Bowel cancer, also called colorectal cancer, mostly affects older people. Unfortunately, bowel cancer is not detectable in its early stages.
Overlapping symptoms of intestinal cancers with non-cancerous conditions such as gastroenteritis, food poisoning, viral infections of the gastrointestinal tract may make them difficult to diagnose. Symptoms of intestinal cancers are common in both men and women.
In addition to counting the common signs and symptoms, we will describe the symptoms of intestinal cancers in women.
Identifying the signs and symptoms will allow us to detect colorectal cancers in the early stages when the response to treatment is high, by paying close attention to the symptoms.
Who is most likely to develop bowel cancer?
- Older people: most people over 50 years old
- People of particular race : African-American race
- People with a history of gastrointestinal cancers in the family
- People with a history of intestinal polyps
- People with inflammatory bowel disease (IBD)
- Hereditary syndromes such as Lynch syndrome and familial adenomatous polyposis (FAP)
- alcohol consumption
- Diets rich in meat and fat and low in fiber
- Have a history of abdominal and pelvic radiation therapy
The main symptoms of bowel cancer
The three main symptoms of bowel cancer are:
- The presence of blood in the stool
- Changes in bowel habits
Remember these symptoms, which are common symptoms of bowel cancer in men and women.
Symptoms of bowel cancer in men and women
The following are some of the symptoms of bowel cancer that are common in both men and women:
- Change defecation habits
If you have diarrhea or constipation, in non-cancerous cases this condition will go away in a few days, but if your diarrhea, constipation and bowel movements continue, take it seriously
- Bleeding from the anus:
Continued bleeding with clear blood can be a sign of lower gastrointestinal cancers.
- Dark stools:
Blood in dark stools (dark stools that are very foul-smelling and often diarrheal often indicate cancers of the upper gastrointestinal tract) or excretion of clear blood mixed with feces, which usually occurs in most bowel cancers
- Persistent abdominal cramping pain:
Persistent abdominal discomfort such as prolonged abdominal pain or persistent flatulence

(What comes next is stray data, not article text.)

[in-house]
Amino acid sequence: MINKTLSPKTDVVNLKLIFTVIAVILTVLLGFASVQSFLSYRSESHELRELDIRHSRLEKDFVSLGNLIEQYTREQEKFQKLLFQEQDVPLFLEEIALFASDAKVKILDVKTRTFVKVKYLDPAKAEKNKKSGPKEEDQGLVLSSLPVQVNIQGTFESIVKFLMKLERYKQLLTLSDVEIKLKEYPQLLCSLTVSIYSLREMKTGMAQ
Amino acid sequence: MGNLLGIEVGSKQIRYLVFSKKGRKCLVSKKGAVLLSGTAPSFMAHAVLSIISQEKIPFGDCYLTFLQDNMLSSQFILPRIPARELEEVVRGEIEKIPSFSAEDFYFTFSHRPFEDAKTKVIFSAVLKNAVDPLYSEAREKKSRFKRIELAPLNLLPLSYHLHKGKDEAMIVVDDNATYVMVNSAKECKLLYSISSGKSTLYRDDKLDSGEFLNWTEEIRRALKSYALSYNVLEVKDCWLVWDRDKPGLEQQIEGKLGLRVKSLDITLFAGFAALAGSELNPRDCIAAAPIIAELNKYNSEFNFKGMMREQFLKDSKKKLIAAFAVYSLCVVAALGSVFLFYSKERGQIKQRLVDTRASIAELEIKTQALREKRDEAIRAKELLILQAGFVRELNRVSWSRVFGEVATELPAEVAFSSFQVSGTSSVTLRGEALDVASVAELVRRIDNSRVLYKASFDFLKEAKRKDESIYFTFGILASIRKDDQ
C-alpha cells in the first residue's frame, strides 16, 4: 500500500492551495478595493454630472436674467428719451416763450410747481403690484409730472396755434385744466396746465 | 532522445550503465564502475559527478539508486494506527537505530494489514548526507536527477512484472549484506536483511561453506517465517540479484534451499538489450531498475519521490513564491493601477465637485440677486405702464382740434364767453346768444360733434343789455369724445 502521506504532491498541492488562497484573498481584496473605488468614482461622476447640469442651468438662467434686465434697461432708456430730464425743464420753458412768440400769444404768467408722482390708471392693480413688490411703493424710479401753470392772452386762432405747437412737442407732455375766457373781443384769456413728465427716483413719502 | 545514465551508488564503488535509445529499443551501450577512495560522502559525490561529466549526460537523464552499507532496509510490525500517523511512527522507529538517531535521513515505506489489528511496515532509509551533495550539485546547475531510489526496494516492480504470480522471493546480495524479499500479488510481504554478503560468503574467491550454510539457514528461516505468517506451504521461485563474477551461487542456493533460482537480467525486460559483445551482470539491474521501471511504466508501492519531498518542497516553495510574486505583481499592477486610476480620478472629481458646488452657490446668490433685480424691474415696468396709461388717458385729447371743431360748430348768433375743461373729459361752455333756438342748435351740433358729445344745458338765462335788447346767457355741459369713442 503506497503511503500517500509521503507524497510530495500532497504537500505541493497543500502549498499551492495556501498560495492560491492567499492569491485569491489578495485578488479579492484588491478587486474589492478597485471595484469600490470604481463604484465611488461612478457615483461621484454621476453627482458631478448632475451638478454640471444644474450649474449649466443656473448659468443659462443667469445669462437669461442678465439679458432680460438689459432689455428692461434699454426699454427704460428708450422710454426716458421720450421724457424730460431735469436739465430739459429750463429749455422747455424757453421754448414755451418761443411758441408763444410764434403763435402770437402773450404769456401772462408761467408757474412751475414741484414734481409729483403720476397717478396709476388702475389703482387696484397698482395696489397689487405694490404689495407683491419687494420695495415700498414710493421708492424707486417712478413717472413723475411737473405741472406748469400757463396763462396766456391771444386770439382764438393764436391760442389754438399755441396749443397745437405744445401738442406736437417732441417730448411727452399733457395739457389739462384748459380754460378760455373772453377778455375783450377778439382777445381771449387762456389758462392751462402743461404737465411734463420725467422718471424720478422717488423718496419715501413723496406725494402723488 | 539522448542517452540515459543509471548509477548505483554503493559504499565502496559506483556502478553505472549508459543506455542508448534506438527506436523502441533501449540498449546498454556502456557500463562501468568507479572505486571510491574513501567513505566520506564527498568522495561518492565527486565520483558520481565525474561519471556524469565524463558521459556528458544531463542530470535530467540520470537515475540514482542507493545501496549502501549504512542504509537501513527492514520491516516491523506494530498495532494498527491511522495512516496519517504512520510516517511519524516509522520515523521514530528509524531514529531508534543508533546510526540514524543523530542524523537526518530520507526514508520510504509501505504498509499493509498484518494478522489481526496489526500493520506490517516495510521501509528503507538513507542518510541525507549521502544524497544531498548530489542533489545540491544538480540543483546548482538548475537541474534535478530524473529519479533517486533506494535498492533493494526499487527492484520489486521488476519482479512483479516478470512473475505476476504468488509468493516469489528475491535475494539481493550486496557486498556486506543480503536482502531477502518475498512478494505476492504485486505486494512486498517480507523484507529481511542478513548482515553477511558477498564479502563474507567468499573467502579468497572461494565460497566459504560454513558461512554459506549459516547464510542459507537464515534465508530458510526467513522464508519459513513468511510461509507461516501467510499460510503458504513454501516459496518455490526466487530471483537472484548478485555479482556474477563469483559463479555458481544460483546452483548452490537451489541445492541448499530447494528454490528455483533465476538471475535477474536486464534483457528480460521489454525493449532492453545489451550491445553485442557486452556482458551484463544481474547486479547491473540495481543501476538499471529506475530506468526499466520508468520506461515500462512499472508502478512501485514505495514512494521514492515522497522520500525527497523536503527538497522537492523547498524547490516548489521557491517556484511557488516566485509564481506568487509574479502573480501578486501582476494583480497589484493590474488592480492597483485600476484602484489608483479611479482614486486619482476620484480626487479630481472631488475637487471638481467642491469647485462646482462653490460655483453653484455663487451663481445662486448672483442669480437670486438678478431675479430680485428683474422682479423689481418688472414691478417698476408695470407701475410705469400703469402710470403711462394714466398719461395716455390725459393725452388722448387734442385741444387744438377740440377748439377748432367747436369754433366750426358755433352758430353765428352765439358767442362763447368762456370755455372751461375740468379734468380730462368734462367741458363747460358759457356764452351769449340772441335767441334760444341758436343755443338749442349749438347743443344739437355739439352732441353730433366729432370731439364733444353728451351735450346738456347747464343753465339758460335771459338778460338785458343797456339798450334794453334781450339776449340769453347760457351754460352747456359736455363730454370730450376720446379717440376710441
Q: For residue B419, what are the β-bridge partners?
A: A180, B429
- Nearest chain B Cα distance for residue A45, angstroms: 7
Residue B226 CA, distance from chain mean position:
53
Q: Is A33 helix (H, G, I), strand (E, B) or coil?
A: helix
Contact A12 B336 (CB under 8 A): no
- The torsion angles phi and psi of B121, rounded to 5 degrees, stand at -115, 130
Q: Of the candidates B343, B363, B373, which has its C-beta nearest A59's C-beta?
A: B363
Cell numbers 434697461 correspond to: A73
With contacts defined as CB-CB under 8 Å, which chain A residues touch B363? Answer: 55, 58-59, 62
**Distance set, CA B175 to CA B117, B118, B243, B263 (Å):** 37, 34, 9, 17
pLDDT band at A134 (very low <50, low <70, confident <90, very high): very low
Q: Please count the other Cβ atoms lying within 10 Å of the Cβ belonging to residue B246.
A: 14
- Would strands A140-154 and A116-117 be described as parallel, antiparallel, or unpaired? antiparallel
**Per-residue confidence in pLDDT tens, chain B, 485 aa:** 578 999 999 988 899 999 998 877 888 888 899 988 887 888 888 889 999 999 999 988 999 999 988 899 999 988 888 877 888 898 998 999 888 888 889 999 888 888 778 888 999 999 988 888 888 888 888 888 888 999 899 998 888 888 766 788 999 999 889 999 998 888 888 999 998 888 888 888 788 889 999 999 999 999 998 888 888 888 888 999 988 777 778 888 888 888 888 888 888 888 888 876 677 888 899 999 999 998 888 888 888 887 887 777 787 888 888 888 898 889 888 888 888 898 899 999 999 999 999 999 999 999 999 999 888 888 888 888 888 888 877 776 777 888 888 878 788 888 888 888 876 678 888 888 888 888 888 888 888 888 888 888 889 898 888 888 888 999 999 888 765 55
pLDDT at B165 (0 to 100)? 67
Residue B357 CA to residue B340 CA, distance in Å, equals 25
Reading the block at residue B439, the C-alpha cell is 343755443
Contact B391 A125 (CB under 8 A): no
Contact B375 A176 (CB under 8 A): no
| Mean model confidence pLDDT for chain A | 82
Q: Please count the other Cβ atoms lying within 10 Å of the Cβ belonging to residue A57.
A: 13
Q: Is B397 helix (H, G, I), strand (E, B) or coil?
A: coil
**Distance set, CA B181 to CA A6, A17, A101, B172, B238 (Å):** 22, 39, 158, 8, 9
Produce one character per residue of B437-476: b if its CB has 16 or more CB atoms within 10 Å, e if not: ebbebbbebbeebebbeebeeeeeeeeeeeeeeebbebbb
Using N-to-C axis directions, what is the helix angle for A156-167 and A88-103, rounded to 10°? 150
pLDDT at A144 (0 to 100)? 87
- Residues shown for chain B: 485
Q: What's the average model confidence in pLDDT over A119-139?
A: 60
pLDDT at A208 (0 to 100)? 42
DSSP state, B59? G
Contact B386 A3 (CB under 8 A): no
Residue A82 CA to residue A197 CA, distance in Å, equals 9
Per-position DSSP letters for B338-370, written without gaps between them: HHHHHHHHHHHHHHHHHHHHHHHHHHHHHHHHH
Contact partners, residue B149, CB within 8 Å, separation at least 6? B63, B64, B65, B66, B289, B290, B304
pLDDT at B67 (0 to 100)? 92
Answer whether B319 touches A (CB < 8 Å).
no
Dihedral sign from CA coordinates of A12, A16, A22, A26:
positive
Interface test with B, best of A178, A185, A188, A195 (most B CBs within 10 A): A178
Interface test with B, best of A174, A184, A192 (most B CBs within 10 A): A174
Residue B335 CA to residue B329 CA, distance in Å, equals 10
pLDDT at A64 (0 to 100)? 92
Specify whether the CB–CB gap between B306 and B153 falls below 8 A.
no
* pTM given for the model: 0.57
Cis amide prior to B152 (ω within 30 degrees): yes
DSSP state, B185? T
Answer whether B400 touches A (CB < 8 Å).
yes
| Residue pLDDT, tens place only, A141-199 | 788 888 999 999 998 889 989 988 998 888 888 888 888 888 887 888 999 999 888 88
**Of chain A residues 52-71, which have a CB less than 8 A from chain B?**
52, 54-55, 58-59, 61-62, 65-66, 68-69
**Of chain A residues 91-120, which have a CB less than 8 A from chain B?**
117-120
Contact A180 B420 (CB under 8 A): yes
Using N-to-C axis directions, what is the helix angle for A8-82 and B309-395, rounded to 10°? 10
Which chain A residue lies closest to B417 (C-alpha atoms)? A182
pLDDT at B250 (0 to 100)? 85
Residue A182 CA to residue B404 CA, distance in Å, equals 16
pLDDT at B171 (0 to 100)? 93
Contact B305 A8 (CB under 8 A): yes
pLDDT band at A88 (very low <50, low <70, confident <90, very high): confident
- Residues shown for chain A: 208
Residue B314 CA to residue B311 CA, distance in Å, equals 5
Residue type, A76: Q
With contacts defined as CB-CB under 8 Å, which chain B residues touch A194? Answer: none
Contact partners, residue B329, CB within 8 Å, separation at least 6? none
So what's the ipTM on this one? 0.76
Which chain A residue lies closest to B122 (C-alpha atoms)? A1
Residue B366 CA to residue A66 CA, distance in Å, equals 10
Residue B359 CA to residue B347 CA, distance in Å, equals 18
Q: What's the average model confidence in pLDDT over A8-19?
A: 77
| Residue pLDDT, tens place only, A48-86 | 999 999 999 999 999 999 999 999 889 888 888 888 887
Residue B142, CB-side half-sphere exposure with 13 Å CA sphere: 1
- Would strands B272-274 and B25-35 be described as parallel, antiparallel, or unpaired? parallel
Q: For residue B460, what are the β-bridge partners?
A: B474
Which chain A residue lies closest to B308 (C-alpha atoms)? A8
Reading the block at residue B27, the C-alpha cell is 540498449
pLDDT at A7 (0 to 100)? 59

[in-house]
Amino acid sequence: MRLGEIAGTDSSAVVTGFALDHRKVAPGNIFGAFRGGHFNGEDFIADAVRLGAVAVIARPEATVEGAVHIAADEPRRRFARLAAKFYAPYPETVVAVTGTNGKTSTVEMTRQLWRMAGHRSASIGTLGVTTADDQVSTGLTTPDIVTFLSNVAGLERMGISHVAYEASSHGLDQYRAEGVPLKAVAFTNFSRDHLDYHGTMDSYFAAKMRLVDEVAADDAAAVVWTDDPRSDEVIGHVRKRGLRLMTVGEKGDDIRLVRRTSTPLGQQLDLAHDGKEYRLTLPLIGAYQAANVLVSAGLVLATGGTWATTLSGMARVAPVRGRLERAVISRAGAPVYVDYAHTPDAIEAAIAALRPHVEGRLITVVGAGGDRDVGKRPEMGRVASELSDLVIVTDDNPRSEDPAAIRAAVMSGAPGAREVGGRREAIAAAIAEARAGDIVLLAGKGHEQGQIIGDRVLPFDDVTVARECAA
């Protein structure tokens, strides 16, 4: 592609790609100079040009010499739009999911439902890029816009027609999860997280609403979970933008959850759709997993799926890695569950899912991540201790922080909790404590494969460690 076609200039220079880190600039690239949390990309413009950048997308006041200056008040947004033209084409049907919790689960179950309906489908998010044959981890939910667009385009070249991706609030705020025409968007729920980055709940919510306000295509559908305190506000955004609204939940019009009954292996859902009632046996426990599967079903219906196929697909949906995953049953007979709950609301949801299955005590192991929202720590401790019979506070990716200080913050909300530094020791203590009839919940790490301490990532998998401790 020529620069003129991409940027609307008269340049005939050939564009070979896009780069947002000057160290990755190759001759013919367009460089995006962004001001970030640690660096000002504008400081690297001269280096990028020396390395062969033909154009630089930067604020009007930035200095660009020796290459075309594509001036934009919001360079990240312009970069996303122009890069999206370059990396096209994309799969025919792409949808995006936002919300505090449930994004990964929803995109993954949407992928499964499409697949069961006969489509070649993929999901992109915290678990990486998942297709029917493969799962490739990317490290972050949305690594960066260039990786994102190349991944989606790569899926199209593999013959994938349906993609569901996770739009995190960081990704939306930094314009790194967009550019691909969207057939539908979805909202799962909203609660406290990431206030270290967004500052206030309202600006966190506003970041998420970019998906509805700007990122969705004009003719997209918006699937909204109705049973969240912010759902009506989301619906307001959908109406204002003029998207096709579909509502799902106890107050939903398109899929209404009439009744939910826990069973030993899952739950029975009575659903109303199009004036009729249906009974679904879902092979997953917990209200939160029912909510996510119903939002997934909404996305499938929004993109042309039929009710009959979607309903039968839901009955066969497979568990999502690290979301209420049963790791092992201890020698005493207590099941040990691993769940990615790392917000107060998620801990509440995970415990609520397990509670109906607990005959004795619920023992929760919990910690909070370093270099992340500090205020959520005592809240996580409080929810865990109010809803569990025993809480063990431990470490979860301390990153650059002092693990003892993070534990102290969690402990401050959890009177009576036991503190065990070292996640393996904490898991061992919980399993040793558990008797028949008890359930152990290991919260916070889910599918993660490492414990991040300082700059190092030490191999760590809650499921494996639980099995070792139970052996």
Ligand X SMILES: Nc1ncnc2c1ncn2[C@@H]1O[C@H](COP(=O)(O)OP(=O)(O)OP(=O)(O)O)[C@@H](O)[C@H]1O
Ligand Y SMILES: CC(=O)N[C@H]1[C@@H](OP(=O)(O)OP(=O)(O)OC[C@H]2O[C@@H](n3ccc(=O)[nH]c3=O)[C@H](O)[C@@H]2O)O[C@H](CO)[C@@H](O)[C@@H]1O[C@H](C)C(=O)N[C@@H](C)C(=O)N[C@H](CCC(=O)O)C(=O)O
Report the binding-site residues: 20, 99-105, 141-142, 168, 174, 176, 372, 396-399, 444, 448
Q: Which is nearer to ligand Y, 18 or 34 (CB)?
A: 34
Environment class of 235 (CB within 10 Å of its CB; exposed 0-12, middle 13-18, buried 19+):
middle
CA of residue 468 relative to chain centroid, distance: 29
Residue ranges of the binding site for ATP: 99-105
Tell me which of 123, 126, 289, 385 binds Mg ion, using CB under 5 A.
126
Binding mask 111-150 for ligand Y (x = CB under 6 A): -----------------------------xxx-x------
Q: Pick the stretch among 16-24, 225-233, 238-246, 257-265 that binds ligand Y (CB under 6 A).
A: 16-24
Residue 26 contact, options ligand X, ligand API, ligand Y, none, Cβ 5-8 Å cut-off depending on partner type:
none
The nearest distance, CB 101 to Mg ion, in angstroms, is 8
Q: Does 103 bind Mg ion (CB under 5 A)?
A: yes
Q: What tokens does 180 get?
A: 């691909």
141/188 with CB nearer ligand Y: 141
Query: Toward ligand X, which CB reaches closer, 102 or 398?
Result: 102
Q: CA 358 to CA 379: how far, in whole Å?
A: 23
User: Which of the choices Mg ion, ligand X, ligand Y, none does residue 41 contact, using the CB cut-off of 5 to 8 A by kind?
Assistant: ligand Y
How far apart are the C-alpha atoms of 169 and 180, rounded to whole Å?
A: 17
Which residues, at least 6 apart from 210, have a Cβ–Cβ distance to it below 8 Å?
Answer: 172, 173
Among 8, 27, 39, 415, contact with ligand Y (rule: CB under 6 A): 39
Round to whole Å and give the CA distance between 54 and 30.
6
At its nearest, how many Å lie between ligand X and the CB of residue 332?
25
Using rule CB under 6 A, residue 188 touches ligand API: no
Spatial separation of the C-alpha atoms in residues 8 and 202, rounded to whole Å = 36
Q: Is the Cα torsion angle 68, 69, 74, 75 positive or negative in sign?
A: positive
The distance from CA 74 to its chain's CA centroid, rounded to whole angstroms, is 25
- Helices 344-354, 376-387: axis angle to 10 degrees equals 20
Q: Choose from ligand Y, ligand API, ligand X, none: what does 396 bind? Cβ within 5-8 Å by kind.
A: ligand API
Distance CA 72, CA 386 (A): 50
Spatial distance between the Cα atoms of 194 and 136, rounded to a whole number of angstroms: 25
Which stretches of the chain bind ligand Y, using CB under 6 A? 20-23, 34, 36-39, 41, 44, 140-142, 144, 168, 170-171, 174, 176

Unusual weight loss (weight loss of at least 20% in the last six months without having diet)
- Weakness and fatigue:
Identifying bowel cancers in the early stages, and starting appropriate treatment, prevents the condition from spreading and worsening
Stool discoloration is very important in gastrointestinal and intestinal cancers. You should consider black stools as a warning sign for intestinal cancers, the blood in black stools may be related to its place of origin.
Symptoms of bowel cancer in women
In advanced stages of bowel cancer in women, pelvic and abdominal organs can also be involved.
In the advanced stages of colorectal cancer in women, adhesions of female organs such as the ovaries and uterus, etc. may cause pelvic pain in women.
Bowel cancer is the third deadliest cancer in women, so it is best to remember the main symptoms of bowel cancer in women and be vigilant.
- See blood in the stool:
Seeing a small amount of blood in the stool or toilet bowl that is not in pain is most likely due to hemorrhoids, but if your blood volume is high or your stool is constantly black and dark, you need to check.
- Your bowel habits have changed, you have diarrhea or constipation that lasts for days
- Your stool is thin due to the closure of part of the intestine
- You have abdominal pain and cramps or gas accumulation
- Feel that you need to defecate but can’t
The final words
If you experience any of the above symptoms that persist for several days and have not improved, see your doctor for further evaluation. Do not forget to do bowel cancer screening according to your age and condition